The city’s standards now require buildings more than five stories tall be built with metal-and-concrete structure. Shorter buildings can be built with wooden structures, called “brick-and-stick” construction. Some city officials are proposing requiring the more expensive metal-and-concrete structures for buildings more than three stories tall.
The change has drawn opposition from builders and developers. They say it will slow development in Dunwoody. “We’re talking about a change that will increase construction costs 25 percent,” builder Bill Grant told members of the Dunwoody Homeowners Association’s board of directors on May 4.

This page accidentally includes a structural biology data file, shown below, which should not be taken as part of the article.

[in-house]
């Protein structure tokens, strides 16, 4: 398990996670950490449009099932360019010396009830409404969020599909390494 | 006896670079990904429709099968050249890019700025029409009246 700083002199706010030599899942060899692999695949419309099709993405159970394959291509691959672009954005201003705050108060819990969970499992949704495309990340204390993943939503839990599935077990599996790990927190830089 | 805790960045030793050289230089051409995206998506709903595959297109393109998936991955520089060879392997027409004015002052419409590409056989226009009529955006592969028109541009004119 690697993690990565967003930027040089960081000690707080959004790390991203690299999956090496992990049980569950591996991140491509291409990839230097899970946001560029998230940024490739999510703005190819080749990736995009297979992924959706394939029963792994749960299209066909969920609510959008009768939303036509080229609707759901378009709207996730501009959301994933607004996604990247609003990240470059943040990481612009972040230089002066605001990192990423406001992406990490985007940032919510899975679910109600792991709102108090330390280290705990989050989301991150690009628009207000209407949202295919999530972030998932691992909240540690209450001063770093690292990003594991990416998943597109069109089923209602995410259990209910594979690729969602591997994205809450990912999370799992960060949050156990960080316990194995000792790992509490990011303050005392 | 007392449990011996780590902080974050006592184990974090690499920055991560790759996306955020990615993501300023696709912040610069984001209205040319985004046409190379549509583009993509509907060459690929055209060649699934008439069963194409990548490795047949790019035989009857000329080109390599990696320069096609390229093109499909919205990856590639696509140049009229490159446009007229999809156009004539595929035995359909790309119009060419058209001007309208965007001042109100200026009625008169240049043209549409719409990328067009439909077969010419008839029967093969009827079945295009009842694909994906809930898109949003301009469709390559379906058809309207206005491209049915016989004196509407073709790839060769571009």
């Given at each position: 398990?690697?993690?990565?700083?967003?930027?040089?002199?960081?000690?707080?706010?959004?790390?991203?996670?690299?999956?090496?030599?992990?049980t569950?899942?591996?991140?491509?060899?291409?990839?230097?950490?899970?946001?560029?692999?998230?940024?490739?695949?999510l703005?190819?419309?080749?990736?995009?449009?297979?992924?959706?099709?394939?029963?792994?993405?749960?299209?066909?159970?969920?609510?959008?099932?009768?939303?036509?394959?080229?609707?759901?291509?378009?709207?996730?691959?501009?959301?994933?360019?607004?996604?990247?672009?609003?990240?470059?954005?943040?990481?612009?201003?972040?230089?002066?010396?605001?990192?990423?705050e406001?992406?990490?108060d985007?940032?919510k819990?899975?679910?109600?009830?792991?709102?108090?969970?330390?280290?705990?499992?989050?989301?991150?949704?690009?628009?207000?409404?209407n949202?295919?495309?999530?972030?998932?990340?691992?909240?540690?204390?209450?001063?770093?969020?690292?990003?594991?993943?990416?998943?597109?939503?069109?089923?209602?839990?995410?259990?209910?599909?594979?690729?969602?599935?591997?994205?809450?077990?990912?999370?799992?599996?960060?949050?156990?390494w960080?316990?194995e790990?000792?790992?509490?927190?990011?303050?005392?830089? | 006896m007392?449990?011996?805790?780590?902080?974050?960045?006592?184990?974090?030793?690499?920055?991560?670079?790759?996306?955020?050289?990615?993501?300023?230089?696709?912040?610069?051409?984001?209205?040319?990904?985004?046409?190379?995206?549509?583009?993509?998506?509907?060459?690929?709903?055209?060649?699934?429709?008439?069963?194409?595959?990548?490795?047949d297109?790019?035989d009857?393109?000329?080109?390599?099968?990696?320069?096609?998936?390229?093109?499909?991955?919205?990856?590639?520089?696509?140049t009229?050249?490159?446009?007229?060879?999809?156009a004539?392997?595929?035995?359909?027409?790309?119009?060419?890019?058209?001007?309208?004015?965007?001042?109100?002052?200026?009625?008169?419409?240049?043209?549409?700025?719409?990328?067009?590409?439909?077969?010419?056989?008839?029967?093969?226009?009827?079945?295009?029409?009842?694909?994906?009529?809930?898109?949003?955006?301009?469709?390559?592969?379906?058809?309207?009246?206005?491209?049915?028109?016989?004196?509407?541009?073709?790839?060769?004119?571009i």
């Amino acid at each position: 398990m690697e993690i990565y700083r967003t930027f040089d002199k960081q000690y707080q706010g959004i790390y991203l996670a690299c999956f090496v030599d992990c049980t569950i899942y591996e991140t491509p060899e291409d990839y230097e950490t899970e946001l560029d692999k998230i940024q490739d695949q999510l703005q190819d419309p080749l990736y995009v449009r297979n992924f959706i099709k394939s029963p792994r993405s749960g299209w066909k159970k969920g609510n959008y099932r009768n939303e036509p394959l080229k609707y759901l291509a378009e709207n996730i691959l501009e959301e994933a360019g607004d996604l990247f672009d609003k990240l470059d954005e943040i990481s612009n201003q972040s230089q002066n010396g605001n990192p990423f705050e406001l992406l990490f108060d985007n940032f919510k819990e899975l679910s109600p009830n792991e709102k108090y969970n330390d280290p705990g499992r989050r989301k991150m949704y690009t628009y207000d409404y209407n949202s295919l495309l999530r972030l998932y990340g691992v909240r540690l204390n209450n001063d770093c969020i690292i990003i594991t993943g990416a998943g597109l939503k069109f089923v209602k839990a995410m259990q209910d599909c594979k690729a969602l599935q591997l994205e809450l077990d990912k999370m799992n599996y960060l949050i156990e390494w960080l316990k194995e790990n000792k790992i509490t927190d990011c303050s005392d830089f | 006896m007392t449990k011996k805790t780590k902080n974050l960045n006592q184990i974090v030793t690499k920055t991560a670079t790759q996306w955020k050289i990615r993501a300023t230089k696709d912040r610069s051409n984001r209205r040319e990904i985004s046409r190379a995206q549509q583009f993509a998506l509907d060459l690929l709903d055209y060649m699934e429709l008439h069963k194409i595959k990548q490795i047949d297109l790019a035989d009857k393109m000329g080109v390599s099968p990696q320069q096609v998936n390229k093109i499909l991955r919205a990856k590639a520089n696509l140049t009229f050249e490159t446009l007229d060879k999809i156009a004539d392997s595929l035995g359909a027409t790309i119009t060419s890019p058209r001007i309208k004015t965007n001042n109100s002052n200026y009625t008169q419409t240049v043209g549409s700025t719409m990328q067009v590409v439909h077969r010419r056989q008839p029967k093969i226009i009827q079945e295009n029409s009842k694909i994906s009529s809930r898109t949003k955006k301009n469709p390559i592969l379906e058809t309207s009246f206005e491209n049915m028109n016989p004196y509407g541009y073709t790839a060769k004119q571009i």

But City Councilman Terry Nall said the reason for the proposed change was to raise building standards. “One of the things we’re concerned about is the downward spiral you get with ‘brick-and-stick’ construction … ,” he told the DHA board members. “I believe if you start with a higher quality standard, it’ll stay a higher quality.”